An assist that defied the laws of physics from João Cancelo, an unstoppable shot from Rodri and a goal from Bernardo Silva helped Manchester City to a 3-0 win over Everton on Sunday. Rafa Benítez’s team were missing a raft of key players in Yerry Mina, Abdoulaye Doucouré and Dominic Calvert-Lewin, but the same was true for City, with Jack Grealish and Kevin De Bruyne both absent. City dominated the game, restricting Everton to just 22% possession and one shot on target, but they will face a sterner test when PSG visit the Etihad on Wednesday night.
The Ligue 1 leaders also picked up three points at the weekend, winning 3-1 against a Nantes side that had beaten them towards the end of last season. Nantes are now managed by Antoine Kombouaré, who was in charge of PSG at the time of the Qatari takeover. The club sacked over Christmas in 2011 while they were top of the league, so he would have been hoping for more revenge this weekend. He nearly had his way. PSG goalkeeper Keylor Navas was sent off with half an hour to play, and Randal Kolo Muani equalised for Nantes 10 minutes later.
Nantes were pushing for a winner and PSG looked likely to wobble before a shock own goal from Dennis Appiah restored their lead. Lionel Messi scored his first domestic goal of the campaign to give PSG a 3-1 win, a result that looked far more comfortable on paper than on the pitch.
Even though PSG looked shaky at times, it is difficult to judge them on a game where they were missing their first choice centre-back pairing of Marquinhos, who was rested, and Presnel Kimpembe, who continues to nurse a hamstring injury. Ángel Di María, so often influential in matches where PSG’s more heralded names do not sparkle, was also unavailable. The 33-year-old was rested after an international break in which he had played twice for Argentina. PSG played Nantes with an eye on their trip to Manchester – a match that is effectively a showdown for the top spot in their group – but the game at the Parc des Princes on Saturday did reaffirm something about their forwards.
When Neymar and Kylian Mbappé arrived in Paris in the summer of 2017, the teenager was a prospect of incalculable potential. He had seemingly come from nowhere to help Monaco win the Ligue 1 title and advance to the semi-finals of the Champions League. His story – and the fact that he was born in Paris – added to his commercial appeal and made him a fan favourite, but there was an acceptance that he still had much to prove and would not be the team’s focal point in attack immediately.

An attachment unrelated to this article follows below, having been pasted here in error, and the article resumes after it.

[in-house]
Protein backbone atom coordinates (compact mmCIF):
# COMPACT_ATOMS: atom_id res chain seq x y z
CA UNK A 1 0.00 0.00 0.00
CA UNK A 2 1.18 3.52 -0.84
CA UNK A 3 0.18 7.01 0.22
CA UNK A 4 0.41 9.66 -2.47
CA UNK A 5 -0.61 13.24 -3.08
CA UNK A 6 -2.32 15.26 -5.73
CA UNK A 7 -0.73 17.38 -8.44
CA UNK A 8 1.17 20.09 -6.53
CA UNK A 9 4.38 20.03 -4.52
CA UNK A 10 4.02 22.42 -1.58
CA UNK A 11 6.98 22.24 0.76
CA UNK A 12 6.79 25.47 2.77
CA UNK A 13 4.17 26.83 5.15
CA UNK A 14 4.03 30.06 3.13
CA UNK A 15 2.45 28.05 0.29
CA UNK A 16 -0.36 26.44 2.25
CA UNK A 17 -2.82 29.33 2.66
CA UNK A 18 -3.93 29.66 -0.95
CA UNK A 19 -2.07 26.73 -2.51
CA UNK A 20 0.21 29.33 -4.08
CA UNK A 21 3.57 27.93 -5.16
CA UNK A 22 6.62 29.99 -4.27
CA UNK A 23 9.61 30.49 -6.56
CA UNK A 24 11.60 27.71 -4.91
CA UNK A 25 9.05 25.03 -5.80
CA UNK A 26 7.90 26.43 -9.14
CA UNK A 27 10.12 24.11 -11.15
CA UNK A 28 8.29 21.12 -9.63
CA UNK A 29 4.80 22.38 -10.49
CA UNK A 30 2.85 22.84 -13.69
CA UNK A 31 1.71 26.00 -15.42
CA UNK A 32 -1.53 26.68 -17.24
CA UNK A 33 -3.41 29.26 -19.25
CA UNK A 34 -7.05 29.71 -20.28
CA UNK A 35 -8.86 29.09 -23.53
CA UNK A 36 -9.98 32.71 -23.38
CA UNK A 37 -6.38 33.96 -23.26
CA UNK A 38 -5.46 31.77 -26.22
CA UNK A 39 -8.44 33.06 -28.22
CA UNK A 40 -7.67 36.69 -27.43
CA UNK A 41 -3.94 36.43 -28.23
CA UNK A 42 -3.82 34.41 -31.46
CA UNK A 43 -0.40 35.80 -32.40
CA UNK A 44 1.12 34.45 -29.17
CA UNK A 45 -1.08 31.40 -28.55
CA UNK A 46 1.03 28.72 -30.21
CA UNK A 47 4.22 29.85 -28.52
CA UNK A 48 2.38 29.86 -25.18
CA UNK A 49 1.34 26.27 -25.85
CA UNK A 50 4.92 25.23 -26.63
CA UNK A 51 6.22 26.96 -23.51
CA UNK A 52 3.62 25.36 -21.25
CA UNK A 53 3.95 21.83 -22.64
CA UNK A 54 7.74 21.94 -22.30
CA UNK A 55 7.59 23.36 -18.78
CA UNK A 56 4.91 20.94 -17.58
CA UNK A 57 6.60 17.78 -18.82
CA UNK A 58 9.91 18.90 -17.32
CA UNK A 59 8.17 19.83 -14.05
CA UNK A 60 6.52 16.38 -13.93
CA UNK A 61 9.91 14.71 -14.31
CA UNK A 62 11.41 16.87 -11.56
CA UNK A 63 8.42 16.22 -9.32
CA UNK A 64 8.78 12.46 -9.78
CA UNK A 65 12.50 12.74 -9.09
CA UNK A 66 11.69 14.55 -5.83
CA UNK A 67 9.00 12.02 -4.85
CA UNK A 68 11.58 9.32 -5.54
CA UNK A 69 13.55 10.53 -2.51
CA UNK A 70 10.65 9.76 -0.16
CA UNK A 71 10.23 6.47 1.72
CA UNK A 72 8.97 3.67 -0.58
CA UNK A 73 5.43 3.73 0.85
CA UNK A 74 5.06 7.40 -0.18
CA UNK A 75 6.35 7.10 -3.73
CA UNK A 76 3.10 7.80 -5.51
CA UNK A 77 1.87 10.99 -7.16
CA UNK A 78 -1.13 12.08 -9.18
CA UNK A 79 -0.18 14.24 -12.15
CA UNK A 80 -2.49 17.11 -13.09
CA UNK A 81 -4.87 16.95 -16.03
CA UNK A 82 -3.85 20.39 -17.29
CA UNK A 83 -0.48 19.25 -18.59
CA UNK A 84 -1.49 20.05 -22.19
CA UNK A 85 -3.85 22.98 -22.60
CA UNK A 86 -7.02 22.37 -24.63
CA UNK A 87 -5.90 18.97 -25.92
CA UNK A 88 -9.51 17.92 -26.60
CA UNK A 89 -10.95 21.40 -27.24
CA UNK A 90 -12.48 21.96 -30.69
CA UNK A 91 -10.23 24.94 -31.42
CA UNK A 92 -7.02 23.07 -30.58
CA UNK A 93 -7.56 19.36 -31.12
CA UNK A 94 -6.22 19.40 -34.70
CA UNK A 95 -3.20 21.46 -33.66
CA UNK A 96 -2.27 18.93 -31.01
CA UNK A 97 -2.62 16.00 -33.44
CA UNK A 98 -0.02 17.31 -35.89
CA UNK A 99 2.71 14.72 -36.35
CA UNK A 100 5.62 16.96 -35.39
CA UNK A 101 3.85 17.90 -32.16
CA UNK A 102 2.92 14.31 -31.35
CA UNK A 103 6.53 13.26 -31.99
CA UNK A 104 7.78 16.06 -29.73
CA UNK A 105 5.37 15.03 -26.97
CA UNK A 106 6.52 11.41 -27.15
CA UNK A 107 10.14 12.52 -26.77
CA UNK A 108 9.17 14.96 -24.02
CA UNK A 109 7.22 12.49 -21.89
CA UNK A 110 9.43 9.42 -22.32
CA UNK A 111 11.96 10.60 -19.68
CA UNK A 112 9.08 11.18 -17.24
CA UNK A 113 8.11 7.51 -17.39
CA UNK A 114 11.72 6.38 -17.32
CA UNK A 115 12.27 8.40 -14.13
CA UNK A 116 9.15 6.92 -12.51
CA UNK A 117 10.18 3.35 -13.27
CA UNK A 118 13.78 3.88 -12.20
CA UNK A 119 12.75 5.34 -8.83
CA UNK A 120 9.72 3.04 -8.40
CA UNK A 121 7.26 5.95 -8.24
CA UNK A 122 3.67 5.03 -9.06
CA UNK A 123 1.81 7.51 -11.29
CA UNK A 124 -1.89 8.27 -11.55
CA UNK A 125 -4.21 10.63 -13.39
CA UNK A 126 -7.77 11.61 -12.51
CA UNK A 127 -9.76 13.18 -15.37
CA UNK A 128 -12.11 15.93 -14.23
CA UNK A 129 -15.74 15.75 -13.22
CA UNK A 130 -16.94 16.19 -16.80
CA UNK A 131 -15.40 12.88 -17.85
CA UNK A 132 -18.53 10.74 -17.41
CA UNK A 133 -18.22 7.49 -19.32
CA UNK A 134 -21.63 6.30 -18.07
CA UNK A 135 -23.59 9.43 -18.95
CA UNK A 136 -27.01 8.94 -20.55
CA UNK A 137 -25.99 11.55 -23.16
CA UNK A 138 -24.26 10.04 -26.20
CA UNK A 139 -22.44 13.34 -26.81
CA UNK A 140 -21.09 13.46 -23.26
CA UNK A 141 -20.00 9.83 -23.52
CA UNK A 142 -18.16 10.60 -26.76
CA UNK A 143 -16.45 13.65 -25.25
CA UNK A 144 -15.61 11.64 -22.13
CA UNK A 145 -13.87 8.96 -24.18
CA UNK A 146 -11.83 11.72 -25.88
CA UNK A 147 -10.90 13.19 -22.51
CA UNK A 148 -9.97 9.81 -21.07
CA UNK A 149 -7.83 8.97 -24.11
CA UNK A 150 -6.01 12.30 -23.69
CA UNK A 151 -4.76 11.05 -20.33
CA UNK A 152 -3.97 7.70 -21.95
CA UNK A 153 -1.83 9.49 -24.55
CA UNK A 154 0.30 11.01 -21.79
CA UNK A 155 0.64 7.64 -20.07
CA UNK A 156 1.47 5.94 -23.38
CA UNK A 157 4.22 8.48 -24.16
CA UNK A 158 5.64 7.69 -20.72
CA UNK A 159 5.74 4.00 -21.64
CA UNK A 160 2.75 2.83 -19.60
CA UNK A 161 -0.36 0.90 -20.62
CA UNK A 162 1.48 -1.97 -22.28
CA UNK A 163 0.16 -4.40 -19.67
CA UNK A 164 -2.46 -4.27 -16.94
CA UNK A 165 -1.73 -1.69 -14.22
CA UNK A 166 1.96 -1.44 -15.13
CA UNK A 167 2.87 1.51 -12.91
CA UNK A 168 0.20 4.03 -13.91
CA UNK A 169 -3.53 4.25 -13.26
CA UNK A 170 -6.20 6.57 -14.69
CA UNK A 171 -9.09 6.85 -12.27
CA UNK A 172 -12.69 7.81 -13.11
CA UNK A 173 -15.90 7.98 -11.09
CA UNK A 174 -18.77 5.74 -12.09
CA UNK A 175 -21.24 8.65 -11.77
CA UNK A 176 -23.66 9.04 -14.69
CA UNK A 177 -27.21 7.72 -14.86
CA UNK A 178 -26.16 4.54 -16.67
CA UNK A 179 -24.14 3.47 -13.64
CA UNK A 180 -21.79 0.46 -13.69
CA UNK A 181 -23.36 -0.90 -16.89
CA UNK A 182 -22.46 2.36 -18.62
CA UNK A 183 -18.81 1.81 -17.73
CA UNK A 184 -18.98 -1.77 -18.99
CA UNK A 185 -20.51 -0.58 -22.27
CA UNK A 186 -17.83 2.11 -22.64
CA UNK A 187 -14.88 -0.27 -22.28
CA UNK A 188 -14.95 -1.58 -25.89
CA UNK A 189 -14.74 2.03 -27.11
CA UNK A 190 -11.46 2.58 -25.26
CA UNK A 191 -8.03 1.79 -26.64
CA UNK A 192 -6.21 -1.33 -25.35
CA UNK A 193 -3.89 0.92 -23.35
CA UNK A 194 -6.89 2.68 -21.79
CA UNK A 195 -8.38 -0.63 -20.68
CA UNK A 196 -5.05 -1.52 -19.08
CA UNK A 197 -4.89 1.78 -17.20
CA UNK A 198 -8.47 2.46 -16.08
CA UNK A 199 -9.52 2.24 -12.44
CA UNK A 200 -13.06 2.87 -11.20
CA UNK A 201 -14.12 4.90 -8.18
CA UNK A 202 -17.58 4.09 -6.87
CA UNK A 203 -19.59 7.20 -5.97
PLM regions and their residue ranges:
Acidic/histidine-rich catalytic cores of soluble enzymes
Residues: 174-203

He had cost €180m, but that fee was exceeded by the world-record sum PSG paid Barcelona to meet Neymar’s release clause. Just 25 at the time, the Brazilian had shaken off the disappointment of the 2014 World Cup and become a global superstar at Barcelona. He looked like the heir apparent to Messi and Cristiano Ronaldo.
Injuries, however, have blighted all of his campaigns in Paris, save the current one. He is still capable of the odd standout performance, but his best says seem to be behind him. To be fair, he has put in more defensive effort under Pochettino – which may have taken the lustre off his goal and assist numbers – but his role has been diminished this season, with Mbappé even accusing him of selfishness in a win over Montpellier, calling him “a bum”.
Messi’s arrival at PSG has taken some of the focus from Neymar – even if he has also battled injury and been slow to hit his best form after a busy summer at the Copa América. However, it’s not Messi who has played the largest role in shifting Neymar to the periphery, but Mbappé.
This looked likely to be a difficult season for the young Frenchman. He was roundly (and unfairly) pilloried in the summer after playing poorly at the European Championship and missing the crucial penalty kick as France were beaten by Switzerland in a shootout in the last-16 stage. He was also castigated by PSG fans for refusing to sign a contract extension amid mooted interest from Real Madrid and Liverpool. He has responded to the disappointment of the summer perfectly, putting in the best campaign of his career so far. He is now the genuine focal point of the attack for both France and PSG, and he is thriving. This season he has already scored 15 goals and laid on 16 assists for club and country.
Some may argue he could have been more influential in some of PSG’s less impressive results (the goalless draw at Marseille, the 2-0 defeat at Rennes). Nevertheless, he has looked more motivated and focused this season, perhaps spurred on by a desire to leave the club with that elusive Champions League title, the domestic crown looking all but assured even at this early stage (PSG have an 11-point lead at the top of the table after 14 games).
PSG beat City in Paris earlier in the group, but have fallen behind them in the table due to dropped points against RB Leipzig and Brugge. Mbappé had little to do with those frustrating results. He was forced off injured in Belgium and played well against Leipzig only to see the hosts equalise through a late penalty.
What we saw from Mbappé over the international break – when he scored five goals in two matches for France – and then against Nantes on Saturday – when he scored one goal and set up another in the 3-1 win over Nice – makes PSG as uncomfortable a proposition for City as one would have expected when the draw was made. This is not down to Messi, Sergio Ramos or any of their other ballyhooed additions over the summer, but because of a player who seemingly wanted away a few months ago but instead stayed and delivered.